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Nutrients 2015, 7(5), 3370-3386; doi:10.3390/nu7053370

Low Folate and Selenium in the Mouse Maternal Diet Alters Liver Gene Expression Patterns in the Offspring after Weaning

1
Food Nutrition & Health Team, Food & Bio-Based Products Group, AgResearch Limited, Grasslands Research Centre, Tennent Drive, Palmerston North 4442, New Zealand
2
Nutrigenomics New Zealand; Private Bag 92019, Auckland 1142, New Zealand
3
Gravida: National Centre for Growth and Development, Private Bag 92019, Auckland 1142, New Zealand
4
Institute for Cell and Molecular Biosciences and Human Nutrition Research Centre, Newcastle University, Newcastle upon Tyne, NE2 4HH, UK
5
AgResearch Limited, Grasslands Research Centre, Tennent Drive, Palmerston North 4442, New Zealand
6
Riddet Institute, Massey University, Tennent Drive, Palmerston North 4442, New Zealand
*
Author to whom correspondence should be addressed.
Received: 31 March 2015 / Revised: 22 April 2015 / Accepted: 29 April 2015 / Published: 8 May 2015
(This article belongs to the Special Issue Dietary Selenium and Human Health)
View Full-Text   |   Download PDF [354 KB, uploaded 8 May 2015]   |  

Abstract

During pregnancy, selenium (Se) and folate requirements increase, with deficiencies linked to neural tube defects (folate) and DNA oxidation (Se). This study investigated the effect of a high-fat diet either supplemented with (diet H), or marginally deficient in (diet L), Se and folate. Pregnant female mice and their male offspring were assigned to one of four treatments: diet H during gestation, lactation and post-weaning; diet L during gestation, lactation and post-weaning; diet H during gestation and lactation but diet L fed to offspring post-weaning; or diet L during gestation and lactation followed by diet H fed to offspring post-weaning. Microarray and pathway analyses were performed using RNA from colon and liver of 12-week-old male offspring. Gene set enrichment analysis of liver gene expression showed that diet L affected several pathways including regulation of translation (protein biosynthesis), methyl group metabolism, and fatty acid metabolism; this effect was stronger when the diet was fed to mothers, rather than to offspring. No significant differences in individual gene expression were observed in colon but there were significant differences in cell cycle control pathways. In conclusion, a maternal low Se/folate diet during gestation and lactation has more effects on gene expression in offspring than the same diet fed to offspring post-weaning; low Se and folate in utero and during lactation thus has persistent metabolic effects in the offspring. View Full-Text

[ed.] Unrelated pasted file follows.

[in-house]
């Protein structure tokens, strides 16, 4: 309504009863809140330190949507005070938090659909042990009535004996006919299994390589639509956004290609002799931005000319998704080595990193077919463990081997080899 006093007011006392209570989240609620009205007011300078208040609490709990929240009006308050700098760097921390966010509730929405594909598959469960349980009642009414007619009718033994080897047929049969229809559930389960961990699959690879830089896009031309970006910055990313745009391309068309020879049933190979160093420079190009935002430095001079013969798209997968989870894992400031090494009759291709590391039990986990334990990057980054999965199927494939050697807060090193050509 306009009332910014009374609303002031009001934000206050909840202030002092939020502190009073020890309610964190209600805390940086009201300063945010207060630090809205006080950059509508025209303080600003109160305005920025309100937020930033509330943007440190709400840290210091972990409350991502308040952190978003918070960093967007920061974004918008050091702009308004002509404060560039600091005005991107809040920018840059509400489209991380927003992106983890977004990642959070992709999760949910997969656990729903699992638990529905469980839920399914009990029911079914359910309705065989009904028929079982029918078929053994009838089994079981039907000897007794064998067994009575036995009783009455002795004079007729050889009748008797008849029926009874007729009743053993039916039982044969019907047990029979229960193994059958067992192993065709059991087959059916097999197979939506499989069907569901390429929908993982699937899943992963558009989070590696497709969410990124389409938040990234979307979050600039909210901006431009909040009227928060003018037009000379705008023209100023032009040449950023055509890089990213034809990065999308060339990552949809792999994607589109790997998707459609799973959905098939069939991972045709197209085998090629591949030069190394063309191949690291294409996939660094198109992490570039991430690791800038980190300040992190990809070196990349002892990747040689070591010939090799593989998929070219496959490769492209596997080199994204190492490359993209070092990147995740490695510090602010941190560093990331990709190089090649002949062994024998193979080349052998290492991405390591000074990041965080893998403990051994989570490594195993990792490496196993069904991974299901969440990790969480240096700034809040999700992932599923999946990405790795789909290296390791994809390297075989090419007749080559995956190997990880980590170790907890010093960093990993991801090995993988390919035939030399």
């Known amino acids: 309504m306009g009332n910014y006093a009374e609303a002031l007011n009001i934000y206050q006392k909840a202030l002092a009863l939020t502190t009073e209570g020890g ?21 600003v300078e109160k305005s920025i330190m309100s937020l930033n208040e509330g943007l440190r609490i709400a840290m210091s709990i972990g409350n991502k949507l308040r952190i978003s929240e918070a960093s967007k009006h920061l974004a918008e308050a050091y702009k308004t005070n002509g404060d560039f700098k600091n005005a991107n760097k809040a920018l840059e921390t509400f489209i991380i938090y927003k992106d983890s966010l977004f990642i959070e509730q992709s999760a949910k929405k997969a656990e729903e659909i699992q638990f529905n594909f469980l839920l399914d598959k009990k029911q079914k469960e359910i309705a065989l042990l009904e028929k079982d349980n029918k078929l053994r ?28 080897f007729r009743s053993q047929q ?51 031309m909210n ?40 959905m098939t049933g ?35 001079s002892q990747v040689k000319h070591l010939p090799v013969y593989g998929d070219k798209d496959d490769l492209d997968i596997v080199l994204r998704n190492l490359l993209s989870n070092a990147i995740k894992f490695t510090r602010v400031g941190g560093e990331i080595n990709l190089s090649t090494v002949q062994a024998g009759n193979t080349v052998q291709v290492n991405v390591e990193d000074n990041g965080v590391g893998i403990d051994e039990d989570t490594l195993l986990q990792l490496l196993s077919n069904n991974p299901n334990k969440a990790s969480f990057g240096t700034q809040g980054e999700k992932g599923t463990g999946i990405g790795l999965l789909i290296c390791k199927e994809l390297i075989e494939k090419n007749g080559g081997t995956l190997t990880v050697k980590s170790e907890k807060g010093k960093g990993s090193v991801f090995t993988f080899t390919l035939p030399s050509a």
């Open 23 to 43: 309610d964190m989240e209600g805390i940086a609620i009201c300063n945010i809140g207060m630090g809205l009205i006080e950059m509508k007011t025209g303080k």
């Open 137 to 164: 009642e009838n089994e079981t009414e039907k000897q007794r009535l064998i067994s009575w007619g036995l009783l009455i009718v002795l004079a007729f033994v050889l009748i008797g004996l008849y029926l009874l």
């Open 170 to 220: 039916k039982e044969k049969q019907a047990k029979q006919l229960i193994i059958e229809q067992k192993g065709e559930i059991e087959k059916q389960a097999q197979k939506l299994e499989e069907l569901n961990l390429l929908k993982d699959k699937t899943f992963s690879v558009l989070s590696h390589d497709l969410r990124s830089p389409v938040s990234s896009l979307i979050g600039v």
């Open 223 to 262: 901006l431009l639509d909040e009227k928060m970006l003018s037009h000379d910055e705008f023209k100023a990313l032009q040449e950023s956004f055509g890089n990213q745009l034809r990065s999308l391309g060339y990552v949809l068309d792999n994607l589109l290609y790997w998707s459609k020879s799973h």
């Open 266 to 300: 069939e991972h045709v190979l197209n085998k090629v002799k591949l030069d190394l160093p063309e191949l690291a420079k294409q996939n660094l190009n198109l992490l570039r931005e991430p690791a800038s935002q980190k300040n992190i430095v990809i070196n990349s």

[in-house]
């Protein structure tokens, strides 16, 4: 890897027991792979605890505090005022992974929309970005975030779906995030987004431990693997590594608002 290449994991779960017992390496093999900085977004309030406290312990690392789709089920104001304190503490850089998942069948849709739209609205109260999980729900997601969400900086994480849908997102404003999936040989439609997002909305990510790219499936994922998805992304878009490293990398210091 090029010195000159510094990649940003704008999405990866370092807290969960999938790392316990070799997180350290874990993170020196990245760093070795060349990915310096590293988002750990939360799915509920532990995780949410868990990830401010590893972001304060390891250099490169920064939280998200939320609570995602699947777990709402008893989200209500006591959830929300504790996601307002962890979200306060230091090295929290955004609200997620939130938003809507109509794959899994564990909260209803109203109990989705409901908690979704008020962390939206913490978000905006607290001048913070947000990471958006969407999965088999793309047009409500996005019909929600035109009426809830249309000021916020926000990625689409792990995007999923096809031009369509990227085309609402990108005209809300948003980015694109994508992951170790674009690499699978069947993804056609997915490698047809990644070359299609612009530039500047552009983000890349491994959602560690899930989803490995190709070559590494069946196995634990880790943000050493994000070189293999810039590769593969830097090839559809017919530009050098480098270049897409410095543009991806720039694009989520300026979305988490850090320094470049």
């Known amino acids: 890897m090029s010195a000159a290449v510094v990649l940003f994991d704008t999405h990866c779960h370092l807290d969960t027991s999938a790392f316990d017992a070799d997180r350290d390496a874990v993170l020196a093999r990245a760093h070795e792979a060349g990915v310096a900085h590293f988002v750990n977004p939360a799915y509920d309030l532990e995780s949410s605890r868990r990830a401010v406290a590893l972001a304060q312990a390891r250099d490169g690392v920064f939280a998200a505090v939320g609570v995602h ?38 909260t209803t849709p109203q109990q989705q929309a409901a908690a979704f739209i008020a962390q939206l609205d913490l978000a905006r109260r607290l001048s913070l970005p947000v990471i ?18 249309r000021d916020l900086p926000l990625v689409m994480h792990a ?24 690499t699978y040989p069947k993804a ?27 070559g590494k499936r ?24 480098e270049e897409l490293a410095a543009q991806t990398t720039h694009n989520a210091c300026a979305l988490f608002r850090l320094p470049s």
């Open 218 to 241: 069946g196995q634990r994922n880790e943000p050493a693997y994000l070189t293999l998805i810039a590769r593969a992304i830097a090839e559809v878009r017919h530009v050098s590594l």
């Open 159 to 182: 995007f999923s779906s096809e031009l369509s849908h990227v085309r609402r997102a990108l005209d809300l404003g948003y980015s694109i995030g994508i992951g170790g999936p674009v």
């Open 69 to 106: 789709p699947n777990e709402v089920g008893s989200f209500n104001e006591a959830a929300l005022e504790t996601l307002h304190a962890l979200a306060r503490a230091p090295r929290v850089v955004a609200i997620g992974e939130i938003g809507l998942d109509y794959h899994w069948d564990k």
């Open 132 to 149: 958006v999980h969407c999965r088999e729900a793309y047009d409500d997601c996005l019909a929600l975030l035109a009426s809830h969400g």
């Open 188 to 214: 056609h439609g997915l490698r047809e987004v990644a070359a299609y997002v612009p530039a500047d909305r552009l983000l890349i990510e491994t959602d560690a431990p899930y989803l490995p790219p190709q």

Keywords: microarray analysis; folate; selenium; high-fat diet microarray analysis; folate; selenium; high-fat diet
This is an open access article distributed under the Creative Commons Attribution License which permits unrestricted use, distribution, and reproduction in any medium, provided the original work is properly cited. (CC BY 4.0).

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MDPI and ACS Style

Barnett, M.P.; Bermingham, E.N.; Young, W.; Bassett, S.A.; Hesketh, J.E.; Maciel-Dominguez, A.; McNabb, W.C.; Roy, N.C. Low Folate and Selenium in the Mouse Maternal Diet Alters Liver Gene Expression Patterns in the Offspring after Weaning. Nutrients 2015, 7, 3370-3386.

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